A Chemistry graduate from AUB, Lebanese-Armenian biologist Ardem Patapoutian, holder of American citizenship, was awarded the Nobel Prize in Medicine on the 4th of October, alongside his American colleague David Julius for a discovery deemed revolutionary by the Nobel jury.
The Nobel jury declared that “their revolutionary discovery allowed us to understand how the heat, the cold, and the mechanic forces can initiate nervous impulsions that enable us to adapt to the world.”
In their post announcing the Nobel Laureates Patapoutian and Julius, the Nobel Prize organization wrote:
“Our ability to sense heat, cold, and touch is essential for survival and underpins our interaction with the world around us. In our daily lives we take these sensations for granted, but how are nerve impulses initiated so that temperature and pressure can be perceived? This question has been solved by this year’s Nobel Prize laureates.”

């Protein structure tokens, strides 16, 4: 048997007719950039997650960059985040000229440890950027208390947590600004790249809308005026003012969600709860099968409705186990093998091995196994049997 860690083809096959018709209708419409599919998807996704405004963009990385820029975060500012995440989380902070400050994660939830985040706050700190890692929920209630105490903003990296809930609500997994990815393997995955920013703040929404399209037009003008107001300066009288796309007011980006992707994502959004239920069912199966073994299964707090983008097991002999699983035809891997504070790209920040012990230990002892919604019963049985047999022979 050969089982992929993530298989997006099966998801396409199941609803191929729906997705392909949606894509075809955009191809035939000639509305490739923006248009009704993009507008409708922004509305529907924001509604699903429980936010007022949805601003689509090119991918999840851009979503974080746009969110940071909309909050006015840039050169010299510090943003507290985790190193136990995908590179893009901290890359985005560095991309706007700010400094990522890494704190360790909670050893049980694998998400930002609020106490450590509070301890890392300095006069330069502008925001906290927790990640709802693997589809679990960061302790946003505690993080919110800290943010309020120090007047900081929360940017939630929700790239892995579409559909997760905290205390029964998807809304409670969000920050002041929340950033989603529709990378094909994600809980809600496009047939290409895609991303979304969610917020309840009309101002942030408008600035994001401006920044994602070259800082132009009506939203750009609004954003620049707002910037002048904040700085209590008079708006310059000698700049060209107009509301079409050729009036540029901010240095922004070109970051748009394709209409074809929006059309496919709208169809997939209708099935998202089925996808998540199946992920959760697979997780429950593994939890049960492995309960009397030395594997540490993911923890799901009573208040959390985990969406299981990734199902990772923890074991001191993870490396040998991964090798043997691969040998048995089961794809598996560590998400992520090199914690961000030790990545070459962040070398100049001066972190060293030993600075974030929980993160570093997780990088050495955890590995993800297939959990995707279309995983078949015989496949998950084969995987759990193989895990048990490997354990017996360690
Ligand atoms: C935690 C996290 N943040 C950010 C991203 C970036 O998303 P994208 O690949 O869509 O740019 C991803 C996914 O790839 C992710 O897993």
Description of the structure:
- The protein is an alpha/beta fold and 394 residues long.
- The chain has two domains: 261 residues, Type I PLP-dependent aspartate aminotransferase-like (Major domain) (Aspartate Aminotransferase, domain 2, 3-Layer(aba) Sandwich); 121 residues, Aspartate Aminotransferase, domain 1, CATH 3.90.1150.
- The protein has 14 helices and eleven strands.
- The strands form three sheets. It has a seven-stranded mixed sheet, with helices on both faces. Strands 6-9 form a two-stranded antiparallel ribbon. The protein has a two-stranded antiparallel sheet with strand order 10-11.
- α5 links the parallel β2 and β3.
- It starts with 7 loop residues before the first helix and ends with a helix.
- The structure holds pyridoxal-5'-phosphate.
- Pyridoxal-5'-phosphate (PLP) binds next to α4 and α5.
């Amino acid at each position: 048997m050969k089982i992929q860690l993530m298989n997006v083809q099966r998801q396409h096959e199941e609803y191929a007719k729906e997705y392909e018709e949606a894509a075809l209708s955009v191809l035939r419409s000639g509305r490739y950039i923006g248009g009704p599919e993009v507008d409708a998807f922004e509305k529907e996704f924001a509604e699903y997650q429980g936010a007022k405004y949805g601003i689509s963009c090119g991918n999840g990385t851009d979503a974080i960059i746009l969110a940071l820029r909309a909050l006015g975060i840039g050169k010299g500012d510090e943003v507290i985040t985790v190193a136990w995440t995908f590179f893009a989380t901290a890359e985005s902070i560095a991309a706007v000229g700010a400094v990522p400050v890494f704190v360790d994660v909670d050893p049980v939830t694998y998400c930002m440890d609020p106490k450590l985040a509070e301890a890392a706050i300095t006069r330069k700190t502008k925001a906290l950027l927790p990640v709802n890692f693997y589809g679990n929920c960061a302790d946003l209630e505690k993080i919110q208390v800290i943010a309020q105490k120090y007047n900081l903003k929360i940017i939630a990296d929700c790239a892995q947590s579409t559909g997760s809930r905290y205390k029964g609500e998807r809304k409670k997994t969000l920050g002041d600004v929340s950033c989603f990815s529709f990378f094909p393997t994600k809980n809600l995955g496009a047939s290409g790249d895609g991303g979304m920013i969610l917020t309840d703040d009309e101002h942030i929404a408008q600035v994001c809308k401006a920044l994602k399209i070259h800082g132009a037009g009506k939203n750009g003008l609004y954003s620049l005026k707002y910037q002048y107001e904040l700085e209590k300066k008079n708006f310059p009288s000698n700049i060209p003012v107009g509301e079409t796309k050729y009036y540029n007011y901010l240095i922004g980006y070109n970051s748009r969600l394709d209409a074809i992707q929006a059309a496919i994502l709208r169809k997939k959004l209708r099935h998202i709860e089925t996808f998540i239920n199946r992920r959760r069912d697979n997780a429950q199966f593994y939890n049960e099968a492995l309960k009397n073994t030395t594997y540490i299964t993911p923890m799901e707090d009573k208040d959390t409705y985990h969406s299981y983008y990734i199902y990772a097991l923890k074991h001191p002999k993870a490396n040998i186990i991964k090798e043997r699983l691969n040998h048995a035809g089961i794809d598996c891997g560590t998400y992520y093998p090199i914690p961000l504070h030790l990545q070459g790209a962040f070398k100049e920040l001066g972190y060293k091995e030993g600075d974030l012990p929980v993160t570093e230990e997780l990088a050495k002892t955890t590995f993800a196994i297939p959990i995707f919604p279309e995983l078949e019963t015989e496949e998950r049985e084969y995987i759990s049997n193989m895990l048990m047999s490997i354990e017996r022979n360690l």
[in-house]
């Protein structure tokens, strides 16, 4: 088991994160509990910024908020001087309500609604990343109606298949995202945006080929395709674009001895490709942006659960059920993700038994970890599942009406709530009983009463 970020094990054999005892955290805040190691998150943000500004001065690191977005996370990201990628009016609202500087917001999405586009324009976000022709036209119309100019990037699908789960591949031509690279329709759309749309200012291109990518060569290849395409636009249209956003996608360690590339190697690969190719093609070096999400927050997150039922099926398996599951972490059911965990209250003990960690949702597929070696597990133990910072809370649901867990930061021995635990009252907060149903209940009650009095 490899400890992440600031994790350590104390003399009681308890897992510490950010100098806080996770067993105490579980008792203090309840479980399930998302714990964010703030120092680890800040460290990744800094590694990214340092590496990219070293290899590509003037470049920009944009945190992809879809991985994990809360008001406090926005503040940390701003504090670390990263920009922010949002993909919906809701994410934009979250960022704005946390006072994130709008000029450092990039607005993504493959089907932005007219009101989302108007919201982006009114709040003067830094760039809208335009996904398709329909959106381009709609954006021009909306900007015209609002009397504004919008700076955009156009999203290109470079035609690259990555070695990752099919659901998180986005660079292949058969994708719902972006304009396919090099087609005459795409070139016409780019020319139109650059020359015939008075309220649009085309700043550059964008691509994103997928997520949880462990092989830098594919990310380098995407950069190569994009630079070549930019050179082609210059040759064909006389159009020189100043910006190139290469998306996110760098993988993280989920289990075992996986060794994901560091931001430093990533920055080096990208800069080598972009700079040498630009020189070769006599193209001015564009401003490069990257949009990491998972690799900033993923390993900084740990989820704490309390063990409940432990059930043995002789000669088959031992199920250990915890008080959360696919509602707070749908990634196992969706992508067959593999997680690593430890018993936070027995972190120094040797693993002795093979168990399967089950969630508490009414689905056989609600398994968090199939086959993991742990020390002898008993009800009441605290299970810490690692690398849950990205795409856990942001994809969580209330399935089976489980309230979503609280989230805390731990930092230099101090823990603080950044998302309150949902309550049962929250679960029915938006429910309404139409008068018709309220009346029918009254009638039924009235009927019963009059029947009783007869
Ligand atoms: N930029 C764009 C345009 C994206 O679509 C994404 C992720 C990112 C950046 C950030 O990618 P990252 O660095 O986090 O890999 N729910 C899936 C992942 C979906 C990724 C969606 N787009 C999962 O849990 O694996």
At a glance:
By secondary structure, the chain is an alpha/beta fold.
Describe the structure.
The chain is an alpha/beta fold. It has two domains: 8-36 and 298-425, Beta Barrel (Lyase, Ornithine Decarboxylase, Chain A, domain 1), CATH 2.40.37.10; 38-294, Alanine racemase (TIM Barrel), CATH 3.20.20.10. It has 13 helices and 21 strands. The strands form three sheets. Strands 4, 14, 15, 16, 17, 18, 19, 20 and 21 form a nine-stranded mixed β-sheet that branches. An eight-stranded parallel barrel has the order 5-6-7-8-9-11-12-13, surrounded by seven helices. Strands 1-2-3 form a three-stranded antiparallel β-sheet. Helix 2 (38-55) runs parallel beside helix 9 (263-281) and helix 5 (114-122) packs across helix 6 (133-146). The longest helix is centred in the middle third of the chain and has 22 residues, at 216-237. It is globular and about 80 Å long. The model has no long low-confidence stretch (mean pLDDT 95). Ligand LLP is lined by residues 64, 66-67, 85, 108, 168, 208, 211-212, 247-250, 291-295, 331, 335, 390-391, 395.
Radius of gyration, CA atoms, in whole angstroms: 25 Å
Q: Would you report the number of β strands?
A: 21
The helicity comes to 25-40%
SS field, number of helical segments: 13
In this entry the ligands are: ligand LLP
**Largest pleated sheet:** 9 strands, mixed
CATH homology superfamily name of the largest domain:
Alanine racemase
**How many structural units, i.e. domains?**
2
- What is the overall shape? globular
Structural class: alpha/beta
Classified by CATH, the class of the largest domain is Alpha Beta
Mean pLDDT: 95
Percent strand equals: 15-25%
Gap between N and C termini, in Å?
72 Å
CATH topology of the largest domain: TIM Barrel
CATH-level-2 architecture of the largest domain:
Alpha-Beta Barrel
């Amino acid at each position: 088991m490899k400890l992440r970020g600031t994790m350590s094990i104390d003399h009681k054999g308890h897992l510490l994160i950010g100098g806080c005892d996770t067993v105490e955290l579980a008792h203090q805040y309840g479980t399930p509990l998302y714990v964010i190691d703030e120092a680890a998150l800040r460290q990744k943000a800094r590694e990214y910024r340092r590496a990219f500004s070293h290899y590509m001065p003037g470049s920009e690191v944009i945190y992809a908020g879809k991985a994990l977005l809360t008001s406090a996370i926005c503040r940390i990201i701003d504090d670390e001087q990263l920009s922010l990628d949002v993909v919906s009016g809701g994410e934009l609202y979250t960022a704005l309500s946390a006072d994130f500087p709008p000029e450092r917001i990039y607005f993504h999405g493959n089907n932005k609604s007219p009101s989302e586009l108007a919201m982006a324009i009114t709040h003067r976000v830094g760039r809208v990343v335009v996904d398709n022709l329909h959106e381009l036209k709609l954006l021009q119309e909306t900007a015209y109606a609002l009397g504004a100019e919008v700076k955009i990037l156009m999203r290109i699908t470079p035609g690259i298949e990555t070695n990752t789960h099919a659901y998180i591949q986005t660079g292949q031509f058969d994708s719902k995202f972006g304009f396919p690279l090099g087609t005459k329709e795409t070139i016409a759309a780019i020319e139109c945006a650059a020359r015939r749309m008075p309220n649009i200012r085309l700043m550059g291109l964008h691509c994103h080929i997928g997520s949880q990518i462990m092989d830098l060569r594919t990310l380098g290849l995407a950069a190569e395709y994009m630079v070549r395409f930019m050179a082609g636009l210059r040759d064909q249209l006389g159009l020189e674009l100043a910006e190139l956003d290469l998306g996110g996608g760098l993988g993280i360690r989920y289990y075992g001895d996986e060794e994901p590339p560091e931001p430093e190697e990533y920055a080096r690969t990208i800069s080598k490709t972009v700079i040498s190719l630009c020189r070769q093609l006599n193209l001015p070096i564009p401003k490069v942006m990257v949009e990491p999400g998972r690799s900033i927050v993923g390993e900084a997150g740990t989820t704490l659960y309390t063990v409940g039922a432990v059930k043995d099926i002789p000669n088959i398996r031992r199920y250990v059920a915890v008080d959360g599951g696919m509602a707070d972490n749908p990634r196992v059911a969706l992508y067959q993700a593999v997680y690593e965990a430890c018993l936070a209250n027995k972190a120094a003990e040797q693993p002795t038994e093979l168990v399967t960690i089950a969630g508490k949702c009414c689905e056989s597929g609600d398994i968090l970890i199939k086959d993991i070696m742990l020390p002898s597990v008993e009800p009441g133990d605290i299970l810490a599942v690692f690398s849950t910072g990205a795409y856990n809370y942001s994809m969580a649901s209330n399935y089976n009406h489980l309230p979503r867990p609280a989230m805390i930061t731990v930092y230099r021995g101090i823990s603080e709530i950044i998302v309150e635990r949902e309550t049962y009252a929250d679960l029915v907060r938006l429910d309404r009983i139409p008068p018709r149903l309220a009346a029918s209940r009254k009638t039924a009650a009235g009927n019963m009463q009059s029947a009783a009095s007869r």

The importance of this scientific discovery, according to the jury, is that Patapoutian and Julius have “identified critical missing links in our understanding of the complex interplay between our senses and the environment.”
Born in Lebanon in 1967, Ardem Patapoutian was a chemistry student in AUB before emigrating to the United States in 1986 where he graduated in 1990 from the University of California.
He then earned a Ph.D. in the California Institute of Technology in 1996.
His scientific discovery has made him the first AUB alumnus to be awarded a Nobel Prize. He was also awarded the Lebanese Order of Merit.
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